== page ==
In 1998, Barbara Brown Zikmund, the president of Hartford Seminary, contributed a short essay to the Hartford Courant on the occasion of the fiftieth anniversary of the State of Israel. “To survive into the next century,” she wrote, “Jews will need to let go of the idea that a Jewish state located in a physical place is crucial to Jewish identity.” Not surprisingly, the Hartford Jewish community was shocked and dismayed, and in the ensuing uproar, Zikmund admitted that her words had been ill chosen. Not long afterwards, she resigned her position as head of the mainline Protestant institution.
The episode comes to mind in contemplating “Zionism Unsettled,” the study guide put out under the auspices of the Presbyterian Church (USA) last month. What makes this document significant is not its wholesale embrace of the Palestinian cause but its theological rejection of Zionism as a species of religious exceptionalism — a rejection that, these days, amounts to a rejection of Judaism itself. It is, in fact, a kind of reductio ad absurdum of anti-exceptionalism.
The theme that unites and underlies this congregational study is the toxic relationship between theology and politics in all three Abrahamic faiths. Judaism, Christianity, and Islam all suffer from a common condition: theological and ethical exceptionalism. Although this resource focuses primarily on Zionism, exceptionalism is not unique to Zionism; rather it is present wherever exceptionalist religious ideology is fused with political power.
Theological exceptionalism is the root of this evil, which rears its head whenever a particular religious community claims that its own path is superior to any other religious path. The study guide therefore “affirms the revelation of God in Christ while at the same time recognizing the limits of our knowledge and experience and honoring analogous claims by others which grow out of the knowledge and experience of their different faith traditions.”
Bottom line? “The fundamental assumption of this study is that no exceptionalist claims can be justified in our interconnected, pluralist world.” Indeed, the Presbyterians concede that it’s not only the Jews who must give up any sense of entitlement to territory in the Middle East. “Peace in the Holy Land” also requires that “radicalized Muslims relinquish the dream of an Islamic theocracy.”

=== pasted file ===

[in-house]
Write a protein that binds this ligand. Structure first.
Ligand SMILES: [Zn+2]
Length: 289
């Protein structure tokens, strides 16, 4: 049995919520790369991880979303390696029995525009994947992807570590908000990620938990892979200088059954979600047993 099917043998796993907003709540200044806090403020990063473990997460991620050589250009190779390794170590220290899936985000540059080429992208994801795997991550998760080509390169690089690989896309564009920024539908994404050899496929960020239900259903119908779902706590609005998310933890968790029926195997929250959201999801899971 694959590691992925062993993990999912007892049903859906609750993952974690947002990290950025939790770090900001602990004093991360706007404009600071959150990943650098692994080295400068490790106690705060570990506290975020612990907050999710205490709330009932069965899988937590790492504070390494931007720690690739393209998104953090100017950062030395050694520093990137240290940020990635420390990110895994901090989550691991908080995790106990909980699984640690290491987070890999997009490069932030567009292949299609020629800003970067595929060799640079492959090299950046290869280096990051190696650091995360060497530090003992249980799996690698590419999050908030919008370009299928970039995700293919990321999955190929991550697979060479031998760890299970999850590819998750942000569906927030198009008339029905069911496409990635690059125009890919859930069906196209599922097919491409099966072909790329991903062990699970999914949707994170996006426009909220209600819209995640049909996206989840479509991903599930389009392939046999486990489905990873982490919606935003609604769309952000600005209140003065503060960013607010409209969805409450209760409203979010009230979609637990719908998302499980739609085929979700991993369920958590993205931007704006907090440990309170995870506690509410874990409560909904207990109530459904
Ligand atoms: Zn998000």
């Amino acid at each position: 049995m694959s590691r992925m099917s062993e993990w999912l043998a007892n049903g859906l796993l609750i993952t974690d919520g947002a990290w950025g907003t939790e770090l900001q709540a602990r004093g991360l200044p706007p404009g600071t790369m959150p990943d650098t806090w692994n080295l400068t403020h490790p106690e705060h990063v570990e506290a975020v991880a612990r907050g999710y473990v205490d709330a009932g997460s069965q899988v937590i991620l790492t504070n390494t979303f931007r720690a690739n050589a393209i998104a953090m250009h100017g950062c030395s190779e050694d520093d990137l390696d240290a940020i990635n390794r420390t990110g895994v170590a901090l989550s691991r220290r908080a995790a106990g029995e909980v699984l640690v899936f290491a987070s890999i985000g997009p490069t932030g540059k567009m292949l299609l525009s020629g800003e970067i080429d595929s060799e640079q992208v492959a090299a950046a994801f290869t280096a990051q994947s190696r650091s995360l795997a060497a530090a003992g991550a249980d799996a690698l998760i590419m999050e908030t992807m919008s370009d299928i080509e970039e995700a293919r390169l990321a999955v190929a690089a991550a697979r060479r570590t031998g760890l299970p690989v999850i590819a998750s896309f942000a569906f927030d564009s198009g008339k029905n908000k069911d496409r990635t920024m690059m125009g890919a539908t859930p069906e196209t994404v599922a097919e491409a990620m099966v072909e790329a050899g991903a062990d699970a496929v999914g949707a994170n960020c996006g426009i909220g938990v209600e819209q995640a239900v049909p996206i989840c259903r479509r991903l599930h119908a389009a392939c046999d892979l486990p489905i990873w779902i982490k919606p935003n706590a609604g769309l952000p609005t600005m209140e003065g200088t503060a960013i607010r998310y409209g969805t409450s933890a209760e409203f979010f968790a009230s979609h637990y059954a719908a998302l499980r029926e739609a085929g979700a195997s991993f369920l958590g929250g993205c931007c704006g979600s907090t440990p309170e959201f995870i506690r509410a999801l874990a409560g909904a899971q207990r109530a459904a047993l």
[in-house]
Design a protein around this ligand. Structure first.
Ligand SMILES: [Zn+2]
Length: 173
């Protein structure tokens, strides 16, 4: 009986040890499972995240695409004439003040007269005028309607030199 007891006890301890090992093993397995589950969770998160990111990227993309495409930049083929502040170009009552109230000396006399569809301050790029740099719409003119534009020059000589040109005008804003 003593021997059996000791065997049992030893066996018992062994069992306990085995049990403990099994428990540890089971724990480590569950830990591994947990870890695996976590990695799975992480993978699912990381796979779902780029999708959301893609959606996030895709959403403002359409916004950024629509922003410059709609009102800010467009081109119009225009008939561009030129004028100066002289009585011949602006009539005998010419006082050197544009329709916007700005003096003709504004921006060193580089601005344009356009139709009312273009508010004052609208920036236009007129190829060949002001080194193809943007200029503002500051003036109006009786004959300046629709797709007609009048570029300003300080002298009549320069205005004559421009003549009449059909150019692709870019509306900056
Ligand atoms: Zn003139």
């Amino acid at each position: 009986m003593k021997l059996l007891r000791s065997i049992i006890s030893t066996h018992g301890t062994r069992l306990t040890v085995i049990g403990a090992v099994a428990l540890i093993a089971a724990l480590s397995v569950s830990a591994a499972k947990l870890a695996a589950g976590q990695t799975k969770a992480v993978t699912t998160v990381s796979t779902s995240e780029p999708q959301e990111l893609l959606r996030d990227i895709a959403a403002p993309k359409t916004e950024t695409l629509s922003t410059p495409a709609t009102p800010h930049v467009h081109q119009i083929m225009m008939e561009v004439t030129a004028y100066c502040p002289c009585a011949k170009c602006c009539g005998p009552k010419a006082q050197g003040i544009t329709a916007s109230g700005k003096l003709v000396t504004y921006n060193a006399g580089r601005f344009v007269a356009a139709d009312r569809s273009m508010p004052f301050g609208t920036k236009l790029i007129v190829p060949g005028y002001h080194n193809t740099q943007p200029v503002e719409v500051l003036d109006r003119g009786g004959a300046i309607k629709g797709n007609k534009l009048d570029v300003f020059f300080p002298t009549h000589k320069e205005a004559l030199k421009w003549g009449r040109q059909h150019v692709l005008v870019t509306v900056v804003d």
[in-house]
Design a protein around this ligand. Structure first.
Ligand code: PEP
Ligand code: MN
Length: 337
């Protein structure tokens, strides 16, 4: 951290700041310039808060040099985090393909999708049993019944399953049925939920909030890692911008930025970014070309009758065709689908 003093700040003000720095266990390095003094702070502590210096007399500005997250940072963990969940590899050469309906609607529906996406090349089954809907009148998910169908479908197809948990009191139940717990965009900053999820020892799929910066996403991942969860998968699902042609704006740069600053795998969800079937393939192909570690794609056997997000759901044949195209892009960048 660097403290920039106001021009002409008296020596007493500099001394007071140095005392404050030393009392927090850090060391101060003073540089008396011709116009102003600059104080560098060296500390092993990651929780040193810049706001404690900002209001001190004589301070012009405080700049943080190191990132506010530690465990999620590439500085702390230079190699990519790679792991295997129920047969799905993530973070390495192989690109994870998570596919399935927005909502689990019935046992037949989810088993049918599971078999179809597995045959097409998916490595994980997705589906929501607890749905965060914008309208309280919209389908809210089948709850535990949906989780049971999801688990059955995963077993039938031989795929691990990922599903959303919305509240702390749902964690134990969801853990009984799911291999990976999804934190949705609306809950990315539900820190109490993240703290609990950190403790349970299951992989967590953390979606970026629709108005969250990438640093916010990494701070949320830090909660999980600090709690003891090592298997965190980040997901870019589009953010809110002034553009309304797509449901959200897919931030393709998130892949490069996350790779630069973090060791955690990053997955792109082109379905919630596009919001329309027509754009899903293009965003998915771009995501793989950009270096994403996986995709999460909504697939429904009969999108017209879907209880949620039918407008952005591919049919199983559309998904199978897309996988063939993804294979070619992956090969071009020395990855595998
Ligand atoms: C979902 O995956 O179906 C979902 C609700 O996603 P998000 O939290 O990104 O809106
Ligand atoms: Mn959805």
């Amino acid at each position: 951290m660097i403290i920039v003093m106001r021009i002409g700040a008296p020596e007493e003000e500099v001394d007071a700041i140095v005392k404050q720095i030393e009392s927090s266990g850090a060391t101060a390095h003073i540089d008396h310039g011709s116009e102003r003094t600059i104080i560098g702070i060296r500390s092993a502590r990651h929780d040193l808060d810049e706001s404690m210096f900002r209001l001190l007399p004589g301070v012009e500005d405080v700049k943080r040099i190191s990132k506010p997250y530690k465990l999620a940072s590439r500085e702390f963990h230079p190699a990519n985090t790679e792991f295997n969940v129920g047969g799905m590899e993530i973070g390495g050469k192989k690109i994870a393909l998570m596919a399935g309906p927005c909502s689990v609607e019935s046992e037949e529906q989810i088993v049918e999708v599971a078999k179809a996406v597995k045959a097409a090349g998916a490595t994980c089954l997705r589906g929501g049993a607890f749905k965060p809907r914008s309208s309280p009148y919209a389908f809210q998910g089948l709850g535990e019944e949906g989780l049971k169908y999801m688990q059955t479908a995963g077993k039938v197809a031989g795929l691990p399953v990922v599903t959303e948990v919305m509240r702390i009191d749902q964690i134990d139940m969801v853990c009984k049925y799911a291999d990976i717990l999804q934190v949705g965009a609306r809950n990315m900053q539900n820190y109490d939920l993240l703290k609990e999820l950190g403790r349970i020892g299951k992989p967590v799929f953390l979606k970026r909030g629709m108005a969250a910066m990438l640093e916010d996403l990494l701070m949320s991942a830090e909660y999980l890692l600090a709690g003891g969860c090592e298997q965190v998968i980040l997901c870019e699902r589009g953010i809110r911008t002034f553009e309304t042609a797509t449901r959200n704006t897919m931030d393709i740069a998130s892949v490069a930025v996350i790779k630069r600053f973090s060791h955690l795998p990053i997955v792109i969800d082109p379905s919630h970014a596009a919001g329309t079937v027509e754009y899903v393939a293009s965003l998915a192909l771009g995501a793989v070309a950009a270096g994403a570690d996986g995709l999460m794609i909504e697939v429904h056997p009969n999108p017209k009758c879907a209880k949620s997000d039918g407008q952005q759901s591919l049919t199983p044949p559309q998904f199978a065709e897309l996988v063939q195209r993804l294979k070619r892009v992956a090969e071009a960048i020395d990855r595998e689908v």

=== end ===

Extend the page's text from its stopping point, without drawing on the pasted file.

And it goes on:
Now it does occur to me that it might be a tad exceptionalist to refer to the slice of territory between the Mediterranean Sea and the Jordan River as “the Holy Land.” I mean, isn’t it spiritually hegemonic to privilege one corner of Mother Earth as the Holy Land, as if all corners were not equally holy, or unholy, or a-holy?
But I digress. The study guide concludes with a “A Palestinian Christian Postscript” by Naim Ateek, an Anglican clergyman who runs the Sabeel Ecumenical Liberation Theology Center in Jerusalem. Ateek, who once told a Jewish visitor that any theology that takes land seriously is “immature,” writes that for “Palestinians and a growing number of internationals around the world it is clear that Zionism is a false theology” — false inasmuch as it “commits theological injustice by its appeal to God, history, and race.”
The casual reader may miss the severity of these charges. It is the equivalent of declaring Zionism heretical, a doctrine that fosters both political and theological injustice. This is the strongest condemnation that a Christian confession can make against any doctrine that promotes death rather than life.
Just to be clear about this, Ateek is not calling Jews heretics, since by definition only those who claim to be members of your own religion can be heretics. He’s saying that any Christian who accepts the (Zionist) claim of a Jewish entitlement to the Holy Land is guilty of a (Christian) heresy.
To be sure, the significance of the Land of Israel in Judaism can be debated. Jewish anti-Zionists were not hard to come by in the first half of the 20th century, and they still exist today on the margins of the Jewish mainstream. But a religious community that insists on the importance of “recognizing the limits of our knowledge and experience” might consider the possibility that the idea of a Jewish state located in a physical place is a revelation that grows out of the knowledge and experience of a different faith tradition.
Instead, the study guide considers it an immature theological position that has been superseded by the ecumenism of the Presbyterian Church (USA).